“The point is to keep going. Sometimes awkwardly, sometimes incompetently, sometimes downright half-assed. But to keep going nonetheless.”

JB suggests using this mantra:

“Always something”.

This is where it gets downright magical. Pay attention.

Here’s the solution,

Instead of completely pressing pause on something you’ve committed to working at, pretend it’s on a dial from 1 to 10. When (not if) things get kinda whacky and life gets difficult, dial it back. Never turn off the dial completely.

Below are infographics from the article on Pn. These are just examples. You should come up with your own dial and practice it.

Perfection never happens in real life and it certainly isn’t going to happen if you pause or take a break. As humans, we just are going to do the best that we can with what we are working with, and that’s okay.

Here are a few suggested strategies.

  1. Create and use your own dial method

  • When it comes to health and fitness:
    • What does a 10 look like?
    • What does a 1 look like?
    • Practice daily, adjust on the fly

When life gives you lemons, have a script ready to provide a solution to your lemons. Having a dial that is specific will be your script.

  1. Use the ‘always something’ mantra and aim for a little bit better each day

  • “An all-or-nothing approach usually doesn’t get us ‘all’. It usually get us ‘nothing’.”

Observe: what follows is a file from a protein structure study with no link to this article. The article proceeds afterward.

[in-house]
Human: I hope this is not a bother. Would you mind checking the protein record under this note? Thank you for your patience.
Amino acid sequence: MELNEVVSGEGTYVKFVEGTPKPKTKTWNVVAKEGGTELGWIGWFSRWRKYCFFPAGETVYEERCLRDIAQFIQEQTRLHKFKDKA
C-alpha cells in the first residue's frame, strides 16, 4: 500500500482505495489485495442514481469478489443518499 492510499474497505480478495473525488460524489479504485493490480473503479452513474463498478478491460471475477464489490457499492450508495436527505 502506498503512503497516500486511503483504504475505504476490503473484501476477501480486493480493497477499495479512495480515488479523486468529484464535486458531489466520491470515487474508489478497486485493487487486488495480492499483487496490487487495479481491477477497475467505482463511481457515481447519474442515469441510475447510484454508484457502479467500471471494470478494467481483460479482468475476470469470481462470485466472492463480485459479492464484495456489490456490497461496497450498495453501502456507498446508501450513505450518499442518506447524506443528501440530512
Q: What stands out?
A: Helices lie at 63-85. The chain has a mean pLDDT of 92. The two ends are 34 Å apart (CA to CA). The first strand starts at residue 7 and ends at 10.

• Just because you find yourself in situations or circumstances that are not ideal, doesn’t necessarily mean you are hopeless.

Small improvements done consistently over time work. Between Pn and nutrition coaches like us, methods used to build skills that help you make small improvements over time, have helped more than 200,000 people.  Always something.

  1. Look forward, strategize and plan

  • As I mentioned earlier, it isn’t a matter of *if* but *when* life throws lemons at you so you might as well do your best to anticipate these things.
  • In our program, and in Pn’s, we ask our clients two questions often:
    • Look ahead at the next two weeks, what’s likely going to be in your way? What is going to keep you from accomplishing your goals? And,
    • What is something you can do *today* to help you keep going when you run into those lemons?

Learn how to keep the dial on and face life prepared to keep your health and fitness going.

If you are looking for a coach to help prepare you for facing changes like this, the coaches at Lotta Nutrition have been taught and educated by the best in the world.

If you are someone that finds it difficult to stay on track and you are constantly feeling the urge to pause, reach out to us at info@lottanutrition.com to learn more or click here.

The original article that John Berardi wrote can be found here.

 

Below is a video on the curriculum we offer and bit on how we coach at Lotta Nutrition.

The world’s leading Nutrition Coaching education program, Precision Nutrition, has provided us the use of their curriculum through ProCoach (an online software). This program is a 9-month commitment. PN’s ProCoach curriculum is a 52-week habit forming approach that offers the user daily lessons and activities with bi-weekly habits.

This program takes into account the goals you want: build muscle, lose weight… etc, and provides all your nutrition needs surrounding powerful and attainable habits you create.

What’s superb about this program is that it not only allows us to educate you on nutrition but it gives you and allows you to put it into action under the watchful coach.

This program benefits users through excellent coaching and accountability while setting up the client for success through positive habit building.

ProCoach promotional video from Precision Nutrition on Vimeo.